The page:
Lemma 2.3. Let , and let be the characteristic equation for . Then where and , .

Theorem 2.4. Let , and let . Then .

Proof. From Lemma 2.3 it follows that is given by , whence it is seen that takes the form Further, if , then , where Since , in consequence we get , leading to Finally, if , then , where Hence, straightforward calculations yield . Combining this result with the property completes the proof.

By virtue of Theorem 2.4, it is easy to determine the spectrum of matrices belonging to .

Theorem 2.5. Let . Then the eigenvalues of are solutions to the equation .

Proof. It is clear that Hence, on account of Theorem 2.4, we get establishing the assertion.

Theorem 2.5 leads to what follows.

Corollary 2.6. Let . Then the eigenvalues of are

An expected result originating from Corollary 2.6 is that , with given in Theorem 2.4. Furthermore, when , , and , then the eigenvalues given in (2.11) reduce to , , and , that is, to the eigenvalues of ; see [3, Theorem  2].

The following theorem will be useful in the subsequent calculations of the Moore-Penrose inverses of .

Theorem 2.7. Let be such that , with and of form (1.3) generated by nonzero . Moreover, let , with , and . Then, (i),(ii)the eigenvalues of are , , ,(iii)if , then , ,(iv)if , , then , ,(v)if , , then , .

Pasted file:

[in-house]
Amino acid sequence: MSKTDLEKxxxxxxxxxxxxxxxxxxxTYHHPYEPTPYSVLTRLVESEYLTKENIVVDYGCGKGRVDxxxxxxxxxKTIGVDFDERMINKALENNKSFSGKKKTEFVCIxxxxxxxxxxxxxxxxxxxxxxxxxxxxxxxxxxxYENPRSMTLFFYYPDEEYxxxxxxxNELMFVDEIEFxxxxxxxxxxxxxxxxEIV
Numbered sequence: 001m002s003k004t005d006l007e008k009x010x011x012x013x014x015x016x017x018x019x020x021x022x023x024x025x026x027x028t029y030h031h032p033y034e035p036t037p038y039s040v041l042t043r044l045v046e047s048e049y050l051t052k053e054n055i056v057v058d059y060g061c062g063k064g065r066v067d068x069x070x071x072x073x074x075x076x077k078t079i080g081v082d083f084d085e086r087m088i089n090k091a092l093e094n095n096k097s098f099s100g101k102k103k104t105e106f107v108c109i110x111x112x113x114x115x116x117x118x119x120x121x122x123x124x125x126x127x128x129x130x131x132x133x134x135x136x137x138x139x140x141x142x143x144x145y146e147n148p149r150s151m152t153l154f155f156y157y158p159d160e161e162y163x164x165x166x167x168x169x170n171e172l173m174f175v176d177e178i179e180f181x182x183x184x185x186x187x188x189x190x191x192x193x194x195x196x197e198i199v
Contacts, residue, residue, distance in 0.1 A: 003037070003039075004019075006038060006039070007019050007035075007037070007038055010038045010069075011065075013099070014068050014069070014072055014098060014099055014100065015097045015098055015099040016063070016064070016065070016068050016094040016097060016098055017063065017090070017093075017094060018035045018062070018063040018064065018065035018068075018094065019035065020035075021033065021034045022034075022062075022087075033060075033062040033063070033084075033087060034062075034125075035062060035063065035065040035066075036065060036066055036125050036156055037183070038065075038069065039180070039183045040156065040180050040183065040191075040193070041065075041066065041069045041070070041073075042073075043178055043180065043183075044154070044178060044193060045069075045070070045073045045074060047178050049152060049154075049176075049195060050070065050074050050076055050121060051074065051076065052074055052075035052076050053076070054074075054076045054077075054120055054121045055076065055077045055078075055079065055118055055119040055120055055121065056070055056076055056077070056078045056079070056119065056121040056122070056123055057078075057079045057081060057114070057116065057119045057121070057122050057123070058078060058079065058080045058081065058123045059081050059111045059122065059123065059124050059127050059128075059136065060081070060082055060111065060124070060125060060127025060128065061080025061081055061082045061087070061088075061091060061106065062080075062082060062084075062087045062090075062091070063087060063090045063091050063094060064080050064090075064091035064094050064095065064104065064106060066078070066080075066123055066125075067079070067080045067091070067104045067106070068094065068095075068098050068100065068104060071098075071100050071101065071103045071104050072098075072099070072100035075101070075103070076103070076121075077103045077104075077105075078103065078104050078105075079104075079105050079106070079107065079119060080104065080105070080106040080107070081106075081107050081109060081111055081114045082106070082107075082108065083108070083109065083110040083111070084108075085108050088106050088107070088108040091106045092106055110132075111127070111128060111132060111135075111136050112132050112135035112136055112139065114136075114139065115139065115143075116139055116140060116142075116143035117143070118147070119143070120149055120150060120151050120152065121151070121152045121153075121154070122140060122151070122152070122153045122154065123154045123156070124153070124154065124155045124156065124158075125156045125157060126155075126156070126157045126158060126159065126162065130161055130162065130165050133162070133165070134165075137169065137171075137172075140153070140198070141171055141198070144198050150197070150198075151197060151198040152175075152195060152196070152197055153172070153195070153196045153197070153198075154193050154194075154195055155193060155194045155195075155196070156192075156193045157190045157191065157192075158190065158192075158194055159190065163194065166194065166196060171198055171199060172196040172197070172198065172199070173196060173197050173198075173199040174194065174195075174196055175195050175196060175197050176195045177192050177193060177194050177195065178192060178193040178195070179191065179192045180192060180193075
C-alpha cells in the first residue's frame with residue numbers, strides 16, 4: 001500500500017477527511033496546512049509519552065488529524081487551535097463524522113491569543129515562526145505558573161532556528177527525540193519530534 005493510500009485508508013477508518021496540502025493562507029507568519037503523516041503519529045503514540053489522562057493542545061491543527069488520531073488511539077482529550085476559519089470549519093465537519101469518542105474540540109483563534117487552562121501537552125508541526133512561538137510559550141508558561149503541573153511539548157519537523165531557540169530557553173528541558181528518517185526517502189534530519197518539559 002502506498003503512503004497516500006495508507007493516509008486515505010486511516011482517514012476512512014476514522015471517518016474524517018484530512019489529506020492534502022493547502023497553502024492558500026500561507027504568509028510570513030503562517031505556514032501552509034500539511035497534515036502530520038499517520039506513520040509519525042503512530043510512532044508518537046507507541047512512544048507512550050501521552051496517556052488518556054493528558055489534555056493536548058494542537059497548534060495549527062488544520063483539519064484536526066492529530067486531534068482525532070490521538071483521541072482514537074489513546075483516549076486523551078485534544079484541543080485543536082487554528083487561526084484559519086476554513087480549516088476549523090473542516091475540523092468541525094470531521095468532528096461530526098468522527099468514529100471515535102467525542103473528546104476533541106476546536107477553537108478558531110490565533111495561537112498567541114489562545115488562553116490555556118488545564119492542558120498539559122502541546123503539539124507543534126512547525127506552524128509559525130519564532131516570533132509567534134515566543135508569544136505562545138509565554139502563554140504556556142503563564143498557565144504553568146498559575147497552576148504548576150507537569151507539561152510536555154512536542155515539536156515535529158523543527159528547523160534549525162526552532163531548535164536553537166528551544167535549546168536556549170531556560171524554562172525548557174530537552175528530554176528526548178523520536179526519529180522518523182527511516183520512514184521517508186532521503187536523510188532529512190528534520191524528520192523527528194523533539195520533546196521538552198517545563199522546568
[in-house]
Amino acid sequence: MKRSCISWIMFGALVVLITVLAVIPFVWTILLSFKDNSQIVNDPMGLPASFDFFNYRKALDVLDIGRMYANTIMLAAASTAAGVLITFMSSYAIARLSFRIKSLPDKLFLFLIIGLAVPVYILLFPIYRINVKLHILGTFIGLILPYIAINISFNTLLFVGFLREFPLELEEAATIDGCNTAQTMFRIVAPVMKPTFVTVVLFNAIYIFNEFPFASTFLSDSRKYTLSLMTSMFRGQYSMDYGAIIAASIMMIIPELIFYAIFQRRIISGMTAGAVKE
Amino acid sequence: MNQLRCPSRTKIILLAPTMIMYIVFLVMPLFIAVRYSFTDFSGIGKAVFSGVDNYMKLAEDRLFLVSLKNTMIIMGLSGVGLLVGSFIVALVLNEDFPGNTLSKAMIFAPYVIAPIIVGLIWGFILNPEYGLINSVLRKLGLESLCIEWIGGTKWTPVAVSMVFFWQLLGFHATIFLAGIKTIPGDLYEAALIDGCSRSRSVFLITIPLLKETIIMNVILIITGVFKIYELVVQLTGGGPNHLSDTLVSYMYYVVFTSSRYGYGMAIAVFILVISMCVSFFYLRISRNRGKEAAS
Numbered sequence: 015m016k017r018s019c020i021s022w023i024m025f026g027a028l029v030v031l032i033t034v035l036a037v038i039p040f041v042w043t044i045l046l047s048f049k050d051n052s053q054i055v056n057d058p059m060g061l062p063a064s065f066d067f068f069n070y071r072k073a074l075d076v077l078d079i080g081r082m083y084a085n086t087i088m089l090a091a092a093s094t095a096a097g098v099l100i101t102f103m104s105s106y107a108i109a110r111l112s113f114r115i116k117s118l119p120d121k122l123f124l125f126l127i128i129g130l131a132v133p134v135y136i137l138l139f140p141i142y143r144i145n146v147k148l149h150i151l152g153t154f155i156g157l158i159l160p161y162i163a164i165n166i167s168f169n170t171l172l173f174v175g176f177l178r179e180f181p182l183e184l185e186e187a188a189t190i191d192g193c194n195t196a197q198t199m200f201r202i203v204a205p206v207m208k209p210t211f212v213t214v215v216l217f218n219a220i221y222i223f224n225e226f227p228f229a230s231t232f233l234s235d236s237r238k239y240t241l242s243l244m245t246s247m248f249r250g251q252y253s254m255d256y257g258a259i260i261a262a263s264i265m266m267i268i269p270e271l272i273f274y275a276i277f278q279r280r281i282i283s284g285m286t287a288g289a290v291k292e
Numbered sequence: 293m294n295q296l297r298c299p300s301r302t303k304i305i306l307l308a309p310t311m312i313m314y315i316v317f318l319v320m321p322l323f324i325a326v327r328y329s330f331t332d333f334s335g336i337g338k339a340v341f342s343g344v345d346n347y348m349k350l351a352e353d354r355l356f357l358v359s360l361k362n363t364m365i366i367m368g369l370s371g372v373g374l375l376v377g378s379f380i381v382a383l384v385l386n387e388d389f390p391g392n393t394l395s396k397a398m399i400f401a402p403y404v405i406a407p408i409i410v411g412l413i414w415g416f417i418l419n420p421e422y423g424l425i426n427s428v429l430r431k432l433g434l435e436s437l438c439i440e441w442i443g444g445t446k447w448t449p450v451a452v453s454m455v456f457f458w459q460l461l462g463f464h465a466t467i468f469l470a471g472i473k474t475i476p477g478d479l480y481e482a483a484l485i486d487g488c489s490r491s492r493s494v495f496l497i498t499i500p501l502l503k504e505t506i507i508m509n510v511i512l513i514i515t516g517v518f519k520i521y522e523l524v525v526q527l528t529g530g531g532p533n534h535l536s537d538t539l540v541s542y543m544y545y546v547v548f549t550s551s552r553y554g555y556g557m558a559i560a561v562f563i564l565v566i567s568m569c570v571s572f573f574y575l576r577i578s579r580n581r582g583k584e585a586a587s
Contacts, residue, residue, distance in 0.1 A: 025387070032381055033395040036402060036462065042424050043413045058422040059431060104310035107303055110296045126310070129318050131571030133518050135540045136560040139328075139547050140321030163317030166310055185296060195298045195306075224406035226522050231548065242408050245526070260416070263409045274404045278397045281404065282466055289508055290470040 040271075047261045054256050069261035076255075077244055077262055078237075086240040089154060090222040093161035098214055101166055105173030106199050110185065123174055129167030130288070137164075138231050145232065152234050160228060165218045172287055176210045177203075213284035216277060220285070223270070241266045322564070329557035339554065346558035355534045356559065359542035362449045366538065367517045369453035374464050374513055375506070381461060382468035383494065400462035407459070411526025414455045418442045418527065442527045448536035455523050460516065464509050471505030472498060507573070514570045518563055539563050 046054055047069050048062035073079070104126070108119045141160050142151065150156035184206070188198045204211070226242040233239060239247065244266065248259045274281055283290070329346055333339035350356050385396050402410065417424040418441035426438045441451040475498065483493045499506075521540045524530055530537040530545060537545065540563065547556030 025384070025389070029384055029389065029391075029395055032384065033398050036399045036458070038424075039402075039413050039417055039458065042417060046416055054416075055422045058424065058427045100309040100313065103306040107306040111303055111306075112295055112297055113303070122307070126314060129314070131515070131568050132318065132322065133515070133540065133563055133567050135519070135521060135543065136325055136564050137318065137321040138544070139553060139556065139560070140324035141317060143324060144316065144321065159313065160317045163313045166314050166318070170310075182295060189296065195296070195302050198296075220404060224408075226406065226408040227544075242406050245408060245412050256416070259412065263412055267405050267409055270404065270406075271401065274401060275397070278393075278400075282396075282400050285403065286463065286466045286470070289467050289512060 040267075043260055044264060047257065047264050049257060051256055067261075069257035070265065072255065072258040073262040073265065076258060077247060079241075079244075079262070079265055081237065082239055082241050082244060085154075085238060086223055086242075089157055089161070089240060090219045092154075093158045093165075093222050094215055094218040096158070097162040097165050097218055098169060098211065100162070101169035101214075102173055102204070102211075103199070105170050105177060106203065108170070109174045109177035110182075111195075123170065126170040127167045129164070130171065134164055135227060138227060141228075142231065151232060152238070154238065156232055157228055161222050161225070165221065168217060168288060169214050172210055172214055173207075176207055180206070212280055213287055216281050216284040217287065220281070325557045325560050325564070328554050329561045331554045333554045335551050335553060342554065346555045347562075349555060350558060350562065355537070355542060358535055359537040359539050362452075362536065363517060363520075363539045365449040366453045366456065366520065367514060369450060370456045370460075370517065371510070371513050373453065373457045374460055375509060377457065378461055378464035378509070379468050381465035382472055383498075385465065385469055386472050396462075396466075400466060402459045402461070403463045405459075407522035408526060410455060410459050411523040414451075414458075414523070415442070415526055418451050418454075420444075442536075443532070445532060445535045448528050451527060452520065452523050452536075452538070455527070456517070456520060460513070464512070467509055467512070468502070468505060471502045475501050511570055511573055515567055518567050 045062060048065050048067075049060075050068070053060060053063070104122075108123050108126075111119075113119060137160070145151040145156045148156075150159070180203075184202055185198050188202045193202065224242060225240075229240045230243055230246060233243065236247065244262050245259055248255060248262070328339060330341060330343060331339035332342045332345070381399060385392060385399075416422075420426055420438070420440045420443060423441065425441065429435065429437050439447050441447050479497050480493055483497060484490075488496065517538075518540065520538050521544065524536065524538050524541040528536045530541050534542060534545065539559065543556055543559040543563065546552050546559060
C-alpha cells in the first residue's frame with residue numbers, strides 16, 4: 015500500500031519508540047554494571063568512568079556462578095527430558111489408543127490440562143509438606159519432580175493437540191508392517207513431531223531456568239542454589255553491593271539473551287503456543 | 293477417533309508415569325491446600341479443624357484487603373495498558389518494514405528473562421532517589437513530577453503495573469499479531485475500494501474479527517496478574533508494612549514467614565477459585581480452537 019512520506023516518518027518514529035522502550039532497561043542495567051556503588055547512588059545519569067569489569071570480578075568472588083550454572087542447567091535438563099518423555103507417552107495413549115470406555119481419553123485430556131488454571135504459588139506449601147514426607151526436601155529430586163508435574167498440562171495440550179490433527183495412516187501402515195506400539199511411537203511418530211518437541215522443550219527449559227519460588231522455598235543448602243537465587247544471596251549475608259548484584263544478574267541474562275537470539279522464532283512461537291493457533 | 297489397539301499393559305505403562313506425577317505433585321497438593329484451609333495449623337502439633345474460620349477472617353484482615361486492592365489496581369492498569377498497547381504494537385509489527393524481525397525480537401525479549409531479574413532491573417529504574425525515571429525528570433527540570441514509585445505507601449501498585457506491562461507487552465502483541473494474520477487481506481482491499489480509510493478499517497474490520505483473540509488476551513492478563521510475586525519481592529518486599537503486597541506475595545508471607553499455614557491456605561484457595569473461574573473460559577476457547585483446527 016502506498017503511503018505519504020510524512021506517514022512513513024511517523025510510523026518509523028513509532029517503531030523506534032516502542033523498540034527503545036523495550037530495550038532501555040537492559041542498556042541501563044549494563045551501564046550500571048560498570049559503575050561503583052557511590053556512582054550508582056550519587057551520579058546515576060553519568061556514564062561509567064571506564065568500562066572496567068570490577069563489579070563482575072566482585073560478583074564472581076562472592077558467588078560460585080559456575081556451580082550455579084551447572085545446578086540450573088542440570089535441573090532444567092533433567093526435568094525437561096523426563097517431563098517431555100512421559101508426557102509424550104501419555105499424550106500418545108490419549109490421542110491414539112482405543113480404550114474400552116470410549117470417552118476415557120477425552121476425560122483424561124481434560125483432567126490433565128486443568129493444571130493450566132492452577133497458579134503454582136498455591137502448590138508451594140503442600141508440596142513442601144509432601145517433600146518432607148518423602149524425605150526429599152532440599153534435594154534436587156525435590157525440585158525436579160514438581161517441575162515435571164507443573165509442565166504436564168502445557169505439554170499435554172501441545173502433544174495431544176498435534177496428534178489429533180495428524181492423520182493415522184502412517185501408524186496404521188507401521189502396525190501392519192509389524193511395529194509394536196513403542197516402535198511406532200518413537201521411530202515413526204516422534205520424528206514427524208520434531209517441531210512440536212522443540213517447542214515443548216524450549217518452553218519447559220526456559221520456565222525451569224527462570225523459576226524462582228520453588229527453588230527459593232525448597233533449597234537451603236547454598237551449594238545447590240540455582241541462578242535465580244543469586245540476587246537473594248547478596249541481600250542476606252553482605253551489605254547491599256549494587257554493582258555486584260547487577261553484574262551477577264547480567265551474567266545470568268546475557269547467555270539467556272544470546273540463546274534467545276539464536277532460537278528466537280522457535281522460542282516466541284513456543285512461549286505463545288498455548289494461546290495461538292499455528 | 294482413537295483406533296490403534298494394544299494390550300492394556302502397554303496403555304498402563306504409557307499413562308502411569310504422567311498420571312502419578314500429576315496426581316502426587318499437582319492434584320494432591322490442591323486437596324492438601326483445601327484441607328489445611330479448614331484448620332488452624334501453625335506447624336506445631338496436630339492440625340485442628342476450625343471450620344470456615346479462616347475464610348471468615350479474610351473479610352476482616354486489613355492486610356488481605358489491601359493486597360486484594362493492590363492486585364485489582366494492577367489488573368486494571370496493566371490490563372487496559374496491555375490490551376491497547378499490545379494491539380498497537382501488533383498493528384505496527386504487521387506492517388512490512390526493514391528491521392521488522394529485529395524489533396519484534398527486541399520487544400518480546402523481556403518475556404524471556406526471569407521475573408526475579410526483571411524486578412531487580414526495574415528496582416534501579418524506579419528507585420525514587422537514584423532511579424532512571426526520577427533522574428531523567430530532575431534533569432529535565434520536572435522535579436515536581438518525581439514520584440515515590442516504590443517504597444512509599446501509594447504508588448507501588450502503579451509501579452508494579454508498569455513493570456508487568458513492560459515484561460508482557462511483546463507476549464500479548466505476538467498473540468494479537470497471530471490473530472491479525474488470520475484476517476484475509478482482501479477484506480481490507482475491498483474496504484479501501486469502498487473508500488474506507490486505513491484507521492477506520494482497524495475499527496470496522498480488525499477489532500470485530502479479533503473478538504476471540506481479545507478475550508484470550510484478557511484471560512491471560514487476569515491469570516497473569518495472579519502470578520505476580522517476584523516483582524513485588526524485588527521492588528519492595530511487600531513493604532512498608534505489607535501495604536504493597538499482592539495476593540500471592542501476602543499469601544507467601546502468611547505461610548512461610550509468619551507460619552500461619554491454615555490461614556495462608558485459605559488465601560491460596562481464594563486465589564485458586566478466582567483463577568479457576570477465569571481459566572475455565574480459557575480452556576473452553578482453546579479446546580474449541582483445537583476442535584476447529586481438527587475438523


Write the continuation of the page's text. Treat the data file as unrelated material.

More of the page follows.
Proof. Assertion (i) follows from Theorem 2.4 by setting . Statement (ii) is a consequence of (i), whereas the validity of points (iii) and (v) can be confirmed by straightforward calculations; see [3, Theorem  1]. For the proof of statement (iv) note that , imply , that is, is purely imaginary. Taking this fact into account, in view of , the validity of the formula for given in point (iv) is seen by direct verification of conditions (1.1). Similarly, the formula for provided in point (v) can be confirmed by examining the condition . The proof is thus complete, for the expressions for given in points (iv) and (v) are easily obtainable.